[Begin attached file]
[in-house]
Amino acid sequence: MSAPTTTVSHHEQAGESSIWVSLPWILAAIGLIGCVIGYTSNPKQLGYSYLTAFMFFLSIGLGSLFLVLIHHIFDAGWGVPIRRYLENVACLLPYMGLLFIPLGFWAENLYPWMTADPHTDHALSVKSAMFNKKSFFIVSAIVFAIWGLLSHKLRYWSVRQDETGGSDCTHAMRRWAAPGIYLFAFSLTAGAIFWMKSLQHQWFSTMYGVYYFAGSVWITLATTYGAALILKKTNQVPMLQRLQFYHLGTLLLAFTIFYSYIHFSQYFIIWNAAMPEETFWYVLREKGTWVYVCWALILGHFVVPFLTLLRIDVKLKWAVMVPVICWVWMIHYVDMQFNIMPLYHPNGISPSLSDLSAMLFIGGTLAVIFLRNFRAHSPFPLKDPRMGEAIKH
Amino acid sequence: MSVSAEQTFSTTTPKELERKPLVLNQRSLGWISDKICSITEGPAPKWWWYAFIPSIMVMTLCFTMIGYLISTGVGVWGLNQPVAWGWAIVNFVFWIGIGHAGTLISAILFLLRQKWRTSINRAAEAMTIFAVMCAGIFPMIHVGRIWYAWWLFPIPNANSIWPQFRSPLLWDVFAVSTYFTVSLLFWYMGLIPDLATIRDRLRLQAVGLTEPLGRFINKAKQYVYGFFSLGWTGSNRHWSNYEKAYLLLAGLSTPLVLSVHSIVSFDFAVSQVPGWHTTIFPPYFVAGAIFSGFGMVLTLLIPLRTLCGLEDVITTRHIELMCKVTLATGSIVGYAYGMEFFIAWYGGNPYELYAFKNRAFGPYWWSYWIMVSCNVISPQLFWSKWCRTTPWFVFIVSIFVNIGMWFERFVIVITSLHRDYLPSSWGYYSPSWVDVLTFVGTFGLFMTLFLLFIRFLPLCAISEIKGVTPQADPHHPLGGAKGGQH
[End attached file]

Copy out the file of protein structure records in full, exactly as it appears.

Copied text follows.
[in-house]
Amino acid sequence: MSAPTTTVSHHEQAGESSIWVSLPWILAAIGLIGCVIGYTSNPKQLGYSYLTAFMFFLSIGLGSLFLVLIHHIFDAGWGVPIRRYLENVACLLPYMGLLFIPLGFWAENLYPWMTADPHTDHALSVKSAMFNKKSFFIVSAIVFAIWGLLSHKLRYWSVRQDETGGSDCTHAMRRWAAPGIYLFAFSLTAGAIFWMKSLQHQWFSTMYGVYYFAGSVWITLATTYGAALILKKTNQVPMLQRLQFYHLGTLLLAFTIFYSYIHFSQYFIIWNAAMPEETFWYVLREKGTWVYVCWALILGHFVVPFLTLLRIDVKLKWAVMVPVICWVWMIHYVDMQFNIMPLYHPNGISPSLSDLSAMLFIGGTLAVIFLRNFRAHSPFPLKDPRMGEAIKH
Amino acid sequence: MSVSAEQTFSTTTPKELERKPLVLNQRSLGWISDKICSITEGPAPKWWWYAFIPSIMVMTLCFTMIGYLISTGVGVWGLNQPVAWGWAIVNFVFWIGIGHAGTLISAILFLLRQKWRTSINRAAEAMTIFAVMCAGIFPMIHVGRIWYAWWLFPIPNANSIWPQFRSPLLWDVFAVSTYFTVSLLFWYMGLIPDLATIRDRLRLQAVGLTEPLGRFINKAKQYVYGFFSLGWTGSNRHWSNYEKAYLLLAGLSTPLVLSVHSIVSFDFAVSQVPGWHTTIFPPYFVAGAIFSGFGMVLTLLIPLRTLCGLEDVITTRHIELMCKVTLATGSIVGYAYGMEFFIAWYGGNPYELYAFKNRAFGPYWWSYWIMVSCNVISPQLFWSKWCRTTPWFVFIVSIFVNIGMWFERFVIVITSLHRDYLPSSWGYYSPSWVDVLTFVGTFGLFMTLFLLFIRFLPLCAISEIKGVTPQADPHHPLGGAKGGQH